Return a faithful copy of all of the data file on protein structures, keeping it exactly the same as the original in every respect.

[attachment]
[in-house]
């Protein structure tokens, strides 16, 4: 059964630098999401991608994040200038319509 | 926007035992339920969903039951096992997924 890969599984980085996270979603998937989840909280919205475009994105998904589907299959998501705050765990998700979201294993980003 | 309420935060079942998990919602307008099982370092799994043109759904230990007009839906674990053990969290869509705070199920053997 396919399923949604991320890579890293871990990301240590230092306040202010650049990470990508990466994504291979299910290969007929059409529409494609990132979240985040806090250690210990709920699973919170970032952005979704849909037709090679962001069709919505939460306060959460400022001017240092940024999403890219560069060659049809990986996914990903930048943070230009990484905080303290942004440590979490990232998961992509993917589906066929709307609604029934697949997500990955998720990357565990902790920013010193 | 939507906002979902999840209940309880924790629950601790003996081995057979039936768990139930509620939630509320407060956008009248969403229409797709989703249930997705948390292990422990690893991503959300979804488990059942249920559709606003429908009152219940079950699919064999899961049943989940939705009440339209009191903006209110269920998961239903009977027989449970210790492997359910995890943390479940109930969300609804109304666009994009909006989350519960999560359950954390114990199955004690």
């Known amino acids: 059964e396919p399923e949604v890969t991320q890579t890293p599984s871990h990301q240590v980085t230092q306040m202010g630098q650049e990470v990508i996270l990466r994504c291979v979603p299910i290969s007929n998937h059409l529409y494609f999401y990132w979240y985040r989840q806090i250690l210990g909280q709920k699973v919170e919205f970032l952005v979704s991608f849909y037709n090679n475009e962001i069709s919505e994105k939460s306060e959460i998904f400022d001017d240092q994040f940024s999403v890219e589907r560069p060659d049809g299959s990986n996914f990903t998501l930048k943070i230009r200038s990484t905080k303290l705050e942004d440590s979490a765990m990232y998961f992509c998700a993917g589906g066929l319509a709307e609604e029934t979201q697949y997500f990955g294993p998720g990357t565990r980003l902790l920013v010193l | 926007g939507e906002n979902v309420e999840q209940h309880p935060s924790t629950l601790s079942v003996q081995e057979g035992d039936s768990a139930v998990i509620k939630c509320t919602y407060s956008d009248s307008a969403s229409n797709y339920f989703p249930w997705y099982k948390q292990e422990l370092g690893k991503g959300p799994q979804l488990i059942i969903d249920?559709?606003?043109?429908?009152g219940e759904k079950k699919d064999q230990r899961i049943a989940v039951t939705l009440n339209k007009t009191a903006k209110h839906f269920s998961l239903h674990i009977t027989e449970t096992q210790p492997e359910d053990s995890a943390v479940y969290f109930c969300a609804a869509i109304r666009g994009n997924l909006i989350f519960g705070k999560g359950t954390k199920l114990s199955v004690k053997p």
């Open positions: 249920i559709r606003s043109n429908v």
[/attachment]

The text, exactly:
[in-house]
């Protein structure tokens, strides 16, 4: 059964630098999401991608994040200038319509 | 926007035992339920969903039951096992997924 890969599984980085996270979603998937989840909280919205475009994105998904589907299959998501705050765990998700979201294993980003 | 309420935060079942998990919602307008099982370092799994043109759904230990007009839906674990053990969290869509705070199920053997 396919399923949604991320890579890293871990990301240590230092306040202010650049990470990508990466994504291979299910290969007929059409529409494609990132979240985040806090250690210990709920699973919170970032952005979704849909037709090679962001069709919505939460306060959460400022001017240092940024999403890219560069060659049809990986996914990903930048943070230009990484905080303290942004440590979490990232998961992509993917589906066929709307609604029934697949997500990955998720990357565990902790920013010193 | 939507906002979902999840209940309880924790629950601790003996081995057979039936768990139930509620939630509320407060956008009248969403229409797709989703249930997705948390292990422990690893991503959300979804488990059942249920559709606003429908009152219940079950699919064999899961049943989940939705009440339209009191903006209110269920998961239903009977027989449970210790492997359910995890943390479940109930969300609804109304666009994009909006989350519960999560359950954390114990199955004690």
């Known amino acids: 059964e396919p399923e949604v890969t991320q890579t890293p599984s871990h990301q240590v980085t230092q306040m202010g630098q650049e990470v990508i996270l990466r994504c291979v979603p299910i290969s007929n998937h059409l529409y494609f999401y990132w979240y985040r989840q806090i250690l210990g909280q709920k699973v919170e919205f970032l952005v979704s991608f849909y037709n090679n475009e962001i069709s919505e994105k939460s306060e959460i998904f400022d001017d240092q994040f940024s999403v890219e589907r560069p060659d049809g299959s990986n996914f990903t998501l930048k943070i230009r200038s990484t905080k303290l705050e942004d440590s979490a765990m990232y998961f992509c998700a993917g589906g066929l319509a709307e609604e029934t979201q697949y997500f990955g294993p998720g990357t565990r980003l902790l920013v010193l | 926007g939507e906002n979902v309420e999840q209940h309880p935060s924790t629950l601790s079942v003996q081995e057979g035992d039936s768990a139930v998990i509620k939630c509320t919602y407060s956008d009248s307008a969403s229409n797709y339920f989703p249930w997705y099982k948390q292990e422990l370092g690893k991503g959300p799994q979804l488990i059942i969903d249920?559709?606003?043109?429908?009152g219940e759904k079950k699919d064999q230990r899961i049943a989940v039951t939705l009440n339209k007009t009191a903006k209110h839906f269920s998961l239903h674990i009977t027989e449970t096992q210790p492997e359910d053990s995890a943390v479940y969290f109930c969300a609804a869509i109304r666009g994009n997924l909006i989350f519960g705070k999560g359950t954390k199920l114990s199955v004690k053997p």
């Open positions: 249920i559709r606003s043109n429908v």